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Amrani v. United States

United States District Court, District of Arizona

December 10, 2014

Jacob Amrani, Plaintiff,
v.
United States of America, Defendant.

ORDER AND OPINION [Re: Motion at docket 187]

John W. Sedwick Senior United States District Judge

I. MOTION PRESENTED

At docket 187 plaintiff Jacob Amrani (“Dr. Amrani”) asks the court to foreclose introduction of anonymous internet postings as character evidence. Defendant United States of America (“United States”) responds at docket 190. No reply has been filed. Oral argument would not assist the court.

II. BACKGROUND

Dr. Amrani is a board certified orthopedic surgeon who specialized in spine surgery. Dr. Amrani’s practice in Phoenix was conducted at his own clinic, the Deer Valley Spine Center. Because he is a veteran, Dr. Amrani is eligible to receive his own medical care from the Veteran’s Administration (“VA”). Some time after he suffered a severe injury to his right should while weightlifting, Dr. Amrani sought treatment at the VA hospital in Phoenix. Dr. Amrani was placed under the care of Dr. Cranford, a board certified orthopedic surgeon who performed right shoulder rotator cuff surgery on Dr. Amrani. The surgery included excision of a soft tissue mass in the shoulder. Dr. Amrani claims that as a result of the medical negligence of Dr. Cranford, he has experienced a substantial loss of function in his right shoulder and right arm which has negatively affected his ability to practice surgery and thus reduced his income. In this lawsuit Dr. Amrani seeks more than $6 million in damages.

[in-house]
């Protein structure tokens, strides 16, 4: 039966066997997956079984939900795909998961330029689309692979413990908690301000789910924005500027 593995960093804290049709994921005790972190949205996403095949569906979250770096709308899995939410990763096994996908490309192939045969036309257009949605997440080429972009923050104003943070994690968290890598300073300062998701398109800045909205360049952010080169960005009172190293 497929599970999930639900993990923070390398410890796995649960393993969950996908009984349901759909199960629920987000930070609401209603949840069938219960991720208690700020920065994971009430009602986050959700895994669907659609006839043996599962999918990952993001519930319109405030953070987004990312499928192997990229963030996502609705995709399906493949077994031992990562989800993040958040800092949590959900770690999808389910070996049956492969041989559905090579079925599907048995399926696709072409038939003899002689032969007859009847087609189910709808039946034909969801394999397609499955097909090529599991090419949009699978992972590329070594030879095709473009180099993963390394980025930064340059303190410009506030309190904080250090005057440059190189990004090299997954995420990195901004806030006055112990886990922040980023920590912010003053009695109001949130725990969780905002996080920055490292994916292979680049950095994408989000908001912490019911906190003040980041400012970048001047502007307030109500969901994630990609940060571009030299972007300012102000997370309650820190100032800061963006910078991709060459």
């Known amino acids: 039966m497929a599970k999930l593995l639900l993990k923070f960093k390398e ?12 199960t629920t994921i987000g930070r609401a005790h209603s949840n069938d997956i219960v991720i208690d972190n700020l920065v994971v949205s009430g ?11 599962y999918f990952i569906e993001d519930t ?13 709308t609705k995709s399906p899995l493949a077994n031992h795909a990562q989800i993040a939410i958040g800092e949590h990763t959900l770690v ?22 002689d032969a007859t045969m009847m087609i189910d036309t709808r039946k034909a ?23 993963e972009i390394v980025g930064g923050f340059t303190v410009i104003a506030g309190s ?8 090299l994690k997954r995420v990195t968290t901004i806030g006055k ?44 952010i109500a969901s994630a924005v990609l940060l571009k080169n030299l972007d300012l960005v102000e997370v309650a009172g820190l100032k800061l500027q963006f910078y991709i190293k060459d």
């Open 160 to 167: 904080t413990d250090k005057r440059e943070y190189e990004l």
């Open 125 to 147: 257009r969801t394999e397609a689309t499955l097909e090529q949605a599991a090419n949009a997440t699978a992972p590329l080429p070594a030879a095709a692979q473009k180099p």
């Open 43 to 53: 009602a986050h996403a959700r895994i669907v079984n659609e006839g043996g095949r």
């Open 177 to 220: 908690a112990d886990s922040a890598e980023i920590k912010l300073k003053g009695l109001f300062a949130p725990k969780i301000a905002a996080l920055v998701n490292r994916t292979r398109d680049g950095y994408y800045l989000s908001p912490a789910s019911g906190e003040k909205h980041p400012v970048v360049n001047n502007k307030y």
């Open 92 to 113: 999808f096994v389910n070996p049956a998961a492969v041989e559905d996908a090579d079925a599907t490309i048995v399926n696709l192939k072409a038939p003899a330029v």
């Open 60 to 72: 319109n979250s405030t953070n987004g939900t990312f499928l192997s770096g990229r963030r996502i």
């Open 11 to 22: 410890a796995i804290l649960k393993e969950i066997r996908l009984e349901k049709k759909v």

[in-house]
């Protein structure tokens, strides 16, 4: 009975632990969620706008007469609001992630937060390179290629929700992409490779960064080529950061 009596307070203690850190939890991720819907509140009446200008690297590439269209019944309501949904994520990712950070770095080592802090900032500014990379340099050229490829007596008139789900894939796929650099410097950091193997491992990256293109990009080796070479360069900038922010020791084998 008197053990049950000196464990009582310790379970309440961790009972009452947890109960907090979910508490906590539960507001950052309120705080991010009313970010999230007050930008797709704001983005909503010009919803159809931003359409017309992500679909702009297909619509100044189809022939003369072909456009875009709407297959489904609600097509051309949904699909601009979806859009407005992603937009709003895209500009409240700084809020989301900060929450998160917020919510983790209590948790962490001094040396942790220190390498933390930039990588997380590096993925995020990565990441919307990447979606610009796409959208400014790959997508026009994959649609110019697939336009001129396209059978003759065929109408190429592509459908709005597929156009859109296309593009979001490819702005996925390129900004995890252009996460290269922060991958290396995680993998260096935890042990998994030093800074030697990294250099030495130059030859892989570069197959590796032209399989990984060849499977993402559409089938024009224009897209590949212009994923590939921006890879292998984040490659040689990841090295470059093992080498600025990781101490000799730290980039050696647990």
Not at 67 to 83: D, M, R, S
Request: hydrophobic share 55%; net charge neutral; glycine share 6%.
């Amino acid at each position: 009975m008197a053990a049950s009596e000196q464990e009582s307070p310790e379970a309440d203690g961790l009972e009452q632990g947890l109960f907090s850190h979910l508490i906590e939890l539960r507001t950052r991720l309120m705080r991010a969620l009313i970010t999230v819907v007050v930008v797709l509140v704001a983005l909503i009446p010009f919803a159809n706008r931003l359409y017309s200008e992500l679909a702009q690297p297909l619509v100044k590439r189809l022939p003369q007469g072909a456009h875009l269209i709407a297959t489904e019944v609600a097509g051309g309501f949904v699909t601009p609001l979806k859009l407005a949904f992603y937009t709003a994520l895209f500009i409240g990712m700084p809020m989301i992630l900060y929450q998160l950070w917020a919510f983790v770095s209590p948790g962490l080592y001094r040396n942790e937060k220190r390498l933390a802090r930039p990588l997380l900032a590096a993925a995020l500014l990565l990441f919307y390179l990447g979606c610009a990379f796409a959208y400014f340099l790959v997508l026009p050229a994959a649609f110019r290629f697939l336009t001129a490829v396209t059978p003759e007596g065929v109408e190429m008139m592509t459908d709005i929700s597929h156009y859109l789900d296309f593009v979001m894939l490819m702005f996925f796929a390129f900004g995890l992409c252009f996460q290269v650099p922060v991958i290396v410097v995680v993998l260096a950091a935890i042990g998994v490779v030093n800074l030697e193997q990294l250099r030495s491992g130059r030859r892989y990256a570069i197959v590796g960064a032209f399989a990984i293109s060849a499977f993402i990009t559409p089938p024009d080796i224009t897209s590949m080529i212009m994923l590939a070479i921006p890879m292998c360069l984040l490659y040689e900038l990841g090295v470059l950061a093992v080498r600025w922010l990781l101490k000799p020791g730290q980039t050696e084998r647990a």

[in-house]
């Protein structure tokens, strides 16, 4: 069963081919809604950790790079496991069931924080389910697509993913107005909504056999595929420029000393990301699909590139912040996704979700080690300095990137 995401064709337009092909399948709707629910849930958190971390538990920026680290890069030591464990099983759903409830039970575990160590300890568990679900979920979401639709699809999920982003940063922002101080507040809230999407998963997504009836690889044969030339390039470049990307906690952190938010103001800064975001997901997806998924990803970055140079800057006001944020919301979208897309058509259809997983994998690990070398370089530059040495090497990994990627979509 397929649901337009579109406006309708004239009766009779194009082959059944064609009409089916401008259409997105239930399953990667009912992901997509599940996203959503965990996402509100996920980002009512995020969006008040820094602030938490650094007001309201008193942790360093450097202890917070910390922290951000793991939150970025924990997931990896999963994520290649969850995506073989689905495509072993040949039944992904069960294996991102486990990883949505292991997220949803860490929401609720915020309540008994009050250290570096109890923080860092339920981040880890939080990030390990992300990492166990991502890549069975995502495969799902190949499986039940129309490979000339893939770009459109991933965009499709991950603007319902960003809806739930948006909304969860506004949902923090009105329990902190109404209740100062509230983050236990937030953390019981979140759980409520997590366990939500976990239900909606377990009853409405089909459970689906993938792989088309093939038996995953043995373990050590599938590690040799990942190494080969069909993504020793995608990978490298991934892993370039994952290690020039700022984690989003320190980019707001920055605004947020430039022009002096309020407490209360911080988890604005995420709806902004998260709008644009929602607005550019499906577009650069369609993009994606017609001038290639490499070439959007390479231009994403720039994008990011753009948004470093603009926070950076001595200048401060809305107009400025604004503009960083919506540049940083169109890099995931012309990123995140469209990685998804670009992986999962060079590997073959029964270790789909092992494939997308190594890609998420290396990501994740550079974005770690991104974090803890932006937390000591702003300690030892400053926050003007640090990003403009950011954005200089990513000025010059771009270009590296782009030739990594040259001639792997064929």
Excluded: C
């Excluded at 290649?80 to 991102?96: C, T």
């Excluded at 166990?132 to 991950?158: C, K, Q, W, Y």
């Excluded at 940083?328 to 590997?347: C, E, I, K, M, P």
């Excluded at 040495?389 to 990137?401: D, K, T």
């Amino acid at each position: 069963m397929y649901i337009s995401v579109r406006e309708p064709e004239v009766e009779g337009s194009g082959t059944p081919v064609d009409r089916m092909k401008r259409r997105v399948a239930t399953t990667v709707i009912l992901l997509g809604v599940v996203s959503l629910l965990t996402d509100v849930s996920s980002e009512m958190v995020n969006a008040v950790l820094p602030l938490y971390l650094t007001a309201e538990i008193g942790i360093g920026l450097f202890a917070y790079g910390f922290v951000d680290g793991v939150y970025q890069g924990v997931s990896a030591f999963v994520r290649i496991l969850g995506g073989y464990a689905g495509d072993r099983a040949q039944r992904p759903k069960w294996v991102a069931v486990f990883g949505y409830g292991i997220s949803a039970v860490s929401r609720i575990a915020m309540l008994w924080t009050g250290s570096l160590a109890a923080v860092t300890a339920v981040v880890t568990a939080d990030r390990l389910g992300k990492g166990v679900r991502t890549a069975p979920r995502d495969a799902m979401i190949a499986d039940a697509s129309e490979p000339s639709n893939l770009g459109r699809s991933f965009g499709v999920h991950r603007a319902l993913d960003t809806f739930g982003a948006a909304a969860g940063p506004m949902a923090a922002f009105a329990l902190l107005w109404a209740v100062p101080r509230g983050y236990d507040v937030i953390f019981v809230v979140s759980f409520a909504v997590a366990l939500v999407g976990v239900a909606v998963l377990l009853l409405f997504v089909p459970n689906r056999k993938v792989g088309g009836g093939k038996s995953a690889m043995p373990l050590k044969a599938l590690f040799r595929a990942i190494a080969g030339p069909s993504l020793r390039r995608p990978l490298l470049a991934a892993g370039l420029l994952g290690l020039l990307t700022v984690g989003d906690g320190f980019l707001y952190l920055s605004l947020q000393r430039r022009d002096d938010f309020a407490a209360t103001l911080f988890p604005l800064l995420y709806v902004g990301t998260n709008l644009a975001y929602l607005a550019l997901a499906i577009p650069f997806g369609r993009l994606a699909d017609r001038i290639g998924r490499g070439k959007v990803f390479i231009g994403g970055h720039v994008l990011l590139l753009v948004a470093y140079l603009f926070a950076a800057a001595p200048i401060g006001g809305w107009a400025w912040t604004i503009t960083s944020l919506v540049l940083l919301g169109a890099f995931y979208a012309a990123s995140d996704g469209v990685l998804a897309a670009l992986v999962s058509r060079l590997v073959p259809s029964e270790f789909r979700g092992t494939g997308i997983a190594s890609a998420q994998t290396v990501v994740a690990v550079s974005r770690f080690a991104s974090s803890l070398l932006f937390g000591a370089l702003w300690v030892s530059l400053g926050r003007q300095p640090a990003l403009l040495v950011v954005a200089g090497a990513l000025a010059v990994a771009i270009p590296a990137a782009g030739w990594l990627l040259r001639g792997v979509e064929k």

Dr. Amrani has been the subject of anonymous negative postings on the internet which relate to his surgical practice (“the postings”). Use of the postings at trial is the issue raised in the motion at hand.

III. DISCUSSION

Dr. Amrani asserts that the United States intends to introduce the postings to prove “that Dr. Amrani is the type of physician the anonymous posters describe.”[1] To support exclusion of the postings, Dr. Amrani argues that the postings are hearsay, lack foundation, and are highly prejudicial. In its response, the United States represents that it has no intention of introducing the postings for the truth of their content. Rather, the United States plans to introduce the postings solely for the proposition that such negative information is available on the internet and that the postings effect decisions made by prospective patients, which in turn has an impact on Dr. Amrani’s potential income.

It is obvious that the postings may not be introduced for the truth of their contents and the finder of fact (in this case the court) will not take them into account for that purpose. However, the court agrees with the United States that the existence of such negative “publicity” may play a role with respect to the income which might be generated from Dr. Amrani’s surgical practice. The court will insist that a proper foundation be laid before the postings are admitted, meaning that the defendant must first provide evidence showing that the postings are readily available on the internet and evidence showing what impact such negative publicity may have on a doctor’s practice.

IV. CONCLUSION

For the reasons above, the motion at docket 187 is GRANTED in part and DENIED in part as follows: The postings may not be introduced as evidence of the truth of their content. The postings may be introduced for the limited purpose of helping the court to evaluate Dr. Amrani’s damage claim, provided that the United States first lays an adequate foundation.


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